Welcome back to our series about dried blood spot (DBS) testing. In Part 1, we provided an overview of what DBS is, how it is performed, and we touched upon some of its many applications. In Part 2, we will dig into how DBS may be used in the diagnosis and monitoring of infectious diseases.
DBS – a quick recap
In brief, DBS testing is a microsampling method that is based on dried spots of whole blood. The method arose through the work of American microbiologist Robert Guthrie in the 1960s who sought to develop new ways to detect the rare metabolic disorder phenylketonuria (PKU). Since then, DBS has increasingly been used for the qualitative or semi-quantitative analysis of hundreds of molecules, including nucleic acids, small molecule therapeutics, proteins, and more (1).
DBS testing in infectious disease
The first references to the use of DBS for infectious disease diagnostics date back to the 1950s, where the method was used to detect syphilis (2). Later, throughout the 1970s and 1980s, DBS was employed in the diagnosis and serological monitoring of a number of infectious diseases, including trypanosomiasis, hepatic amoebiasis, congenital rubella, and hepatitis B. Increase in the use of DBS in diagnostics rose again around the turn of the millennium, primarily in response to the urgent need for therapeutic monitoring of HIV infection (see 3, and references therein).
Within infectious disease diagnostics and monitoring today, DBS samples can be used to measure antibody responses to pathogens, and to detect pathogen-derived antigens or pathogen-derived nucleic acids, using a range of standard laboratory analysis methods.
As well as providing a qualitative answer regarding the presence or absence of a pathogen, DBS testing can also be used to quantitatively monitor viral load or immunoglobulin titers in individuals already confirmed to have a chronic infection such as HIV, as well as monitoring the response to treatment by using viral/bacterial load or immunoglobulin titers as a readout.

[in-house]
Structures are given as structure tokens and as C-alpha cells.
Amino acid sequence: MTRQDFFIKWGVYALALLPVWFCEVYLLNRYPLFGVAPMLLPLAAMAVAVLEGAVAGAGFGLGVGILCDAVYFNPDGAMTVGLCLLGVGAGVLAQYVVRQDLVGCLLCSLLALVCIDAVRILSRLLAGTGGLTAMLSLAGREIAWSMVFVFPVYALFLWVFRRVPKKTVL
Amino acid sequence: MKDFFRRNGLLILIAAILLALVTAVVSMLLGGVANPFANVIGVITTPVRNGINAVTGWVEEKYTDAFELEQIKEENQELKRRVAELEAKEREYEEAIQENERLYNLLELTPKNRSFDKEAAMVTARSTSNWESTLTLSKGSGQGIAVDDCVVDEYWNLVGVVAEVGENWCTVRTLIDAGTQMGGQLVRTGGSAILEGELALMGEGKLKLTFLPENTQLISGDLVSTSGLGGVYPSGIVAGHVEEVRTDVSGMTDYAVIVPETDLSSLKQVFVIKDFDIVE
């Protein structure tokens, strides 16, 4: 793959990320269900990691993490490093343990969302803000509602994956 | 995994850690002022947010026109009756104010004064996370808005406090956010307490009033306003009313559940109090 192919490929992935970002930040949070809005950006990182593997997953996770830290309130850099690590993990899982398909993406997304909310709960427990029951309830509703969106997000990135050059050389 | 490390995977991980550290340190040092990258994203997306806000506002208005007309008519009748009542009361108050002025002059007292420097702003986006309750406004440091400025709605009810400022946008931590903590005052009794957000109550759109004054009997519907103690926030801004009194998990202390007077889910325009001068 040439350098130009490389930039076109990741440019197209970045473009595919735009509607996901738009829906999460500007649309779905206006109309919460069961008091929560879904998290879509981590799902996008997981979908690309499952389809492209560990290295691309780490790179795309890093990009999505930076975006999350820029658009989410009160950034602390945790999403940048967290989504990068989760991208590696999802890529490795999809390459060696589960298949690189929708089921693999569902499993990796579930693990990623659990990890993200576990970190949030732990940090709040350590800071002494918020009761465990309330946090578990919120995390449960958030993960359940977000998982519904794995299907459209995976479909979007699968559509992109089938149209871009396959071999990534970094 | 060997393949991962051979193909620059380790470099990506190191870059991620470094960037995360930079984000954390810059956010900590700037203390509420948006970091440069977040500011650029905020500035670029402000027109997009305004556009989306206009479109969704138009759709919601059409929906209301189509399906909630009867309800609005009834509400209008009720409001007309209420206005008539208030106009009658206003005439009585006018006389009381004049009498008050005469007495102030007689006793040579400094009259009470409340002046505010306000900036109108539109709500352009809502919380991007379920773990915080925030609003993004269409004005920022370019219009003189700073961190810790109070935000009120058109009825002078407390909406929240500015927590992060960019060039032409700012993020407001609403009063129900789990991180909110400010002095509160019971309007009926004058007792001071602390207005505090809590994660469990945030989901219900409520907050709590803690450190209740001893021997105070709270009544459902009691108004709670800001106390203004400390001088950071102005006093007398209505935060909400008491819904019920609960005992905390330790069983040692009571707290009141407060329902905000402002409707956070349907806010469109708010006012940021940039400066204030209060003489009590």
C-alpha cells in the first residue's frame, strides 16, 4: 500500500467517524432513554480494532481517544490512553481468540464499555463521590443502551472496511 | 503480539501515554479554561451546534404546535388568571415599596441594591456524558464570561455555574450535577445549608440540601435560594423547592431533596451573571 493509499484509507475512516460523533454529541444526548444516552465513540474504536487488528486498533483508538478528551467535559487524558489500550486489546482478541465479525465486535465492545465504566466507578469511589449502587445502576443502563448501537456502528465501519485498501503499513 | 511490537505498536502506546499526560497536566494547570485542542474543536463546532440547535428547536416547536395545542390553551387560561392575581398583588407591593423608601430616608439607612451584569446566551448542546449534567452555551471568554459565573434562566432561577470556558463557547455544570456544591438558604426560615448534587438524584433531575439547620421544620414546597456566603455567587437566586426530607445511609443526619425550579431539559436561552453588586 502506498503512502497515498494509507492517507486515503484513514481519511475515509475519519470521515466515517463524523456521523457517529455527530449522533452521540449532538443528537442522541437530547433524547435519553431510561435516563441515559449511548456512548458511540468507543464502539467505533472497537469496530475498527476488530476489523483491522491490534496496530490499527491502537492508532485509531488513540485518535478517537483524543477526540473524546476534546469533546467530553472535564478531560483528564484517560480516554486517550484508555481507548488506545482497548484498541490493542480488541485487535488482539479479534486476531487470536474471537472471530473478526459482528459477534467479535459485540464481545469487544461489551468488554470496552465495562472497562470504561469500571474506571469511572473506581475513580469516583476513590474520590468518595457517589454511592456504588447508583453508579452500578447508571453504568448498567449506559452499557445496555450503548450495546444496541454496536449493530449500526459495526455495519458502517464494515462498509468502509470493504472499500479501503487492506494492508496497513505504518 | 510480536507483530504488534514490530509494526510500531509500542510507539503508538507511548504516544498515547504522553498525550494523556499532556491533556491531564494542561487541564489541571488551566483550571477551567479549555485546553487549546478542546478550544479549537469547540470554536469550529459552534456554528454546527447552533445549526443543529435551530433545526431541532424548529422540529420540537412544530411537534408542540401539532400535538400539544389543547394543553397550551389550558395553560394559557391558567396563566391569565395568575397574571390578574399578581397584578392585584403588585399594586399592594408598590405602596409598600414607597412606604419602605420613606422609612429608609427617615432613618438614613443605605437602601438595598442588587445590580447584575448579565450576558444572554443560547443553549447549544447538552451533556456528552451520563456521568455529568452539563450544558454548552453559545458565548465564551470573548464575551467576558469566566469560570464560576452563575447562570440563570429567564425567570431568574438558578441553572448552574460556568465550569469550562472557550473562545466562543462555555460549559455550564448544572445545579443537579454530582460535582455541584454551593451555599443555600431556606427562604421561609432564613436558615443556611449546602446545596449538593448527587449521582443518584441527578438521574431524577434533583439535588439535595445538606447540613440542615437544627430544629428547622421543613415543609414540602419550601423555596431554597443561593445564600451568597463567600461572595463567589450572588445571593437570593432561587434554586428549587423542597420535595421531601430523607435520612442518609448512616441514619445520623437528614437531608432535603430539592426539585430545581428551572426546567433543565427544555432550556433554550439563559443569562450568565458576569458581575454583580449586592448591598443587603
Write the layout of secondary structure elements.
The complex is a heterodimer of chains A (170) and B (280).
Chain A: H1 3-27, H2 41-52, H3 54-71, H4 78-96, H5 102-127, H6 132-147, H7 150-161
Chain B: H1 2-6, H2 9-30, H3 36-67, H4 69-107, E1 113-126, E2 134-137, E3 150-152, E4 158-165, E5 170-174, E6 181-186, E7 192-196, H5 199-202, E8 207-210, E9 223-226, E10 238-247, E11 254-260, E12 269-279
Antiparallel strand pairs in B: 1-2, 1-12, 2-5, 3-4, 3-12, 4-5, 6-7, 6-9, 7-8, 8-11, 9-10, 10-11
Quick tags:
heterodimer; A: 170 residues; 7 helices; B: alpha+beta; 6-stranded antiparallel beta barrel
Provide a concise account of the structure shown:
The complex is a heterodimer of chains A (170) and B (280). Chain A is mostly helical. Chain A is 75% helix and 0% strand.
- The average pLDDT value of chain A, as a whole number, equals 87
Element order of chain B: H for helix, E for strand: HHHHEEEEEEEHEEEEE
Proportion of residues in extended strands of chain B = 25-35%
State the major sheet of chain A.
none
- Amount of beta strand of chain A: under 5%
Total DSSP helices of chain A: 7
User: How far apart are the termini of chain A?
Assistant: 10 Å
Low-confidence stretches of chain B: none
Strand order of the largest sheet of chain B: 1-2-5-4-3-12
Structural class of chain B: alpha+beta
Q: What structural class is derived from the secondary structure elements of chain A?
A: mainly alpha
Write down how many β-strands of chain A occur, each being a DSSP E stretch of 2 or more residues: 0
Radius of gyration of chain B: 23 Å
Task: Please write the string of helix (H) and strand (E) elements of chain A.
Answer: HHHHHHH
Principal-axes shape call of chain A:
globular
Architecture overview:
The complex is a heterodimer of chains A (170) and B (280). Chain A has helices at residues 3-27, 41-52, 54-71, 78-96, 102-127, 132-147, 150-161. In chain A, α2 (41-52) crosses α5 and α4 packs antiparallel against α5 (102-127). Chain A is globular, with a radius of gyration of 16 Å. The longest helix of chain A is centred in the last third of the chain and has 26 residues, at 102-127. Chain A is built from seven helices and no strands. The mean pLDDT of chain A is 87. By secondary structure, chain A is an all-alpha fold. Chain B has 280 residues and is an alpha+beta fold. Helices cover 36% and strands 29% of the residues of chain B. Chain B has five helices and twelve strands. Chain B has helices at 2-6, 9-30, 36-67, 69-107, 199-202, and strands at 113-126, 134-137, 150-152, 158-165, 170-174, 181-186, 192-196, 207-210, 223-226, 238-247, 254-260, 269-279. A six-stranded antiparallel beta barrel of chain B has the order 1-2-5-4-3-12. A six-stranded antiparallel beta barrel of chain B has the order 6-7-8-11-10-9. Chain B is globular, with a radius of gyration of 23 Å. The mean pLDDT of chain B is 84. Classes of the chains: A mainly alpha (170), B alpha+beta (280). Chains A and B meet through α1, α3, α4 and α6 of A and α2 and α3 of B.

Advantages of DBS testing in infectious disease diagnostics
In comparison to venous blood draws, DBS sampling devices make sample collection relatively easy and non-invasive. With the emergence of devices such as Capitainer®B, which is based on Capitainer’s proprietary qDBS technology, consistent and highly accurate DBS sampling is now possible. Because DBS samples can be stored and shipped as non-hazardous material at ambient temperatures, DBS has vast potential to improve diagnostics and care of infection in hard-to-reach populations or remote areas with high infection risk, in young and vulnerable individuals, as well as people living in low-income settings.
As well as the above benefits, DBS testing circumvents the need for a trained phlebotomist, making it an ideal and cost-effective choice for home/remote sampling for regular testing and monitoring of a diverse range of infectious diseases, including but not limited to, infectious diseases associated with poverty, pregnancy-associated infectious diseases and sexually-transmitted diseases.